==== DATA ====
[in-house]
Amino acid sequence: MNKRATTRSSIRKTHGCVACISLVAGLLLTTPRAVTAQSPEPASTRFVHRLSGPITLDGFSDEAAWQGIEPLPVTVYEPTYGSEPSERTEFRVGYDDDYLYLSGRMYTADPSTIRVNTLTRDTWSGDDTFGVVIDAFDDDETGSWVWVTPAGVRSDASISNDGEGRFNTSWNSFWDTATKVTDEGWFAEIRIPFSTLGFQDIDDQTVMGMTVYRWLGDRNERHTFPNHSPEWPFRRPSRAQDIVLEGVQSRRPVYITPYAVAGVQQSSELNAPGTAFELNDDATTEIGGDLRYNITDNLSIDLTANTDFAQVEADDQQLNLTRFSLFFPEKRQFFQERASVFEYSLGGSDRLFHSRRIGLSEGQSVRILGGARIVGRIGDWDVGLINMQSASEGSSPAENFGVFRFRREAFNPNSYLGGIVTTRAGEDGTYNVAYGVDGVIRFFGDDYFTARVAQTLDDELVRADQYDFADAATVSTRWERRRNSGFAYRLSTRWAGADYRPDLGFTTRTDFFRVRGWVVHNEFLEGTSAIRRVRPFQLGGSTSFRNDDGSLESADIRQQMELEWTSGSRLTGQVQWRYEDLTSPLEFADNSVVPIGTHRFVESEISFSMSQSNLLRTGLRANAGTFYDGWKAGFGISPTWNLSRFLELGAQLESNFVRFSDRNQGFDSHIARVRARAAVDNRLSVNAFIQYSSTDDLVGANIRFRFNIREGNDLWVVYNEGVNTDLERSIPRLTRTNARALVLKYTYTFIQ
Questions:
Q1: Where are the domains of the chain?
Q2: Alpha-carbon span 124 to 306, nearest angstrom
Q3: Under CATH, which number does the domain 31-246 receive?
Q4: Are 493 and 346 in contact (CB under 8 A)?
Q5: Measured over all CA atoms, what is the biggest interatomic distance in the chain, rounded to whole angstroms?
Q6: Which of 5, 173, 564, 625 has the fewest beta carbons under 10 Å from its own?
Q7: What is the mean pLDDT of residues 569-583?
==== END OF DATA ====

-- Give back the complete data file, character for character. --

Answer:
[in-house]
Amino acid sequence: MNKRATTRSSIRKTHGCVACISLVAGLLLTTPRAVTAQSPEPASTRFVHRLSGPITLDGFSDEAAWQGIEPLPVTVYEPTYGSEPSERTEFRVGYDDDYLYLSGRMYTADPSTIRVNTLTRDTWSGDDTFGVVIDAFDDDETGSWVWVTPAGVRSDASISNDGEGRFNTSWNSFWDTATKVTDEGWFAEIRIPFSTLGFQDIDDQTVMGMTVYRWLGDRNERHTFPNHSPEWPFRRPSRAQDIVLEGVQSRRPVYITPYAVAGVQQSSELNAPGTAFELNDDATTEIGGDLRYNITDNLSIDLTANTDFAQVEADDQQLNLTRFSLFFPEKRQFFQERASVFEYSLGGSDRLFHSRRIGLSEGQSVRILGGARIVGRIGDWDVGLINMQSASEGSSPAENFGVFRFRREAFNPNSYLGGIVTTRAGEDGTYNVAYGVDGVIRFFGDDYFTARVAQTLDDELVRADQYDFADAATVSTRWERRRNSGFAYRLSTRWAGADYRPDLGFTTRTDFFRVRGWVVHNEFLEGTSAIRRVRPFQLGGSTSFRNDDGSLESADIRQQMELEWTSGSRLTGQVQWRYEDLTSPLEFADNSVVPIGTHRFVESEISFSMSQSNLLRTGLRANAGTFYDGWKAGFGISPTWNLSRFLELGAQLESNFVRFSDRNQGFDSHIARVRARAAVDNRLSVNAFIQYSSTDDLVGANIRFRFNIREGNDLWVVYNEGVNTDLERSIPRLTRTNARALVLKYTYTFIQ
Questions:
Q1: Where are the domains of the chain?
Q2: Alpha-carbon span 124 to 306, nearest angstrom
Q3: Under CATH, which number does the domain 31-246 receive?
Q4: Are 493 and 346 in contact (CB under 8 A)?
Q5: Measured over all CA atoms, what is the biggest interatomic distance in the chain, rounded to whole angstroms?
Q6: Which of 5, 173, 564, 625 has the fewest beta carbons under 10 Å from its own?
Q7: What is the mean pLDDT of residues 569-583?